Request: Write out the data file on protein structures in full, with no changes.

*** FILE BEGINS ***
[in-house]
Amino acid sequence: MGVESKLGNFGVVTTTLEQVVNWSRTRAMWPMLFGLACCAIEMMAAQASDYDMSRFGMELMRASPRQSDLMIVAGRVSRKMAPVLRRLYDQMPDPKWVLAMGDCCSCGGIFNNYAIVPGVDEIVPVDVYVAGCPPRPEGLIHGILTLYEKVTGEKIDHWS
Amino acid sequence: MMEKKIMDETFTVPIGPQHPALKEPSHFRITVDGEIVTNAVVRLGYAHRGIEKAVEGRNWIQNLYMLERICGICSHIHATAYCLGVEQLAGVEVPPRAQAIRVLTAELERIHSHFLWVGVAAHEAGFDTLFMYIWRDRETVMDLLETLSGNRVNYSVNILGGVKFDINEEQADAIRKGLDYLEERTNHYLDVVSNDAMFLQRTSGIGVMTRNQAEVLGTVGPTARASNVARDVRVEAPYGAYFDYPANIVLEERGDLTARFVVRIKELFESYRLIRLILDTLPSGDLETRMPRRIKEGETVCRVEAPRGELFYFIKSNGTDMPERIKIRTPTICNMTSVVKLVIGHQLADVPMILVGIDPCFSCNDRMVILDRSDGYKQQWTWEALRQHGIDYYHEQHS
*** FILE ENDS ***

[in-house]
Amino acid sequence: MGVESKLGNFGVVTTTLEQVVNWSRTRAMWPMLFGLACCAIEMMAAQASDYDMSRFGMELMRASPRQSDLMIVAGRVSRKMAPVLRRLYDQMPDPKWVLAMGDCCSCGGIFNNYAIVPGVDEIVPVDVYVAGCPPRPEGLIHGILTLYEKVTGEKIDHWS
Amino acid sequence: MMEKKIMDETFTVPIGPQHPALKEPSHFRITVDGEIVTNAVVRLGYAHRGIEKAVEGRNWIQNLYMLERICGICSHIHATAYCLGVEQLAGVEVPPRAQAIRVLTAELERIHSHFLWVGVAAHEAGFDTLFMYIWRDRETVMDLLETLSGNRVNYSVNILGGVKFDINEEQADAIRKGLDYLEERTNHYLDVVSNDAMFLQRTSGIGVMTRNQAEVLGTVGPTARASNVARDVRVEAPYGAYFDYPANIVLEERGDLTARFVVRIKELFESYRLIRLILDTLPSGDLETRMPRRIKEGETVCRVEAPRGELFYFIKSNGTDMPERIKIRTPTICNMTSVVKLVIGHQLADVPMILVGIDPCFSCNDRMVILDRSDGYKQQWTWEALRQHGIDYYHEQHS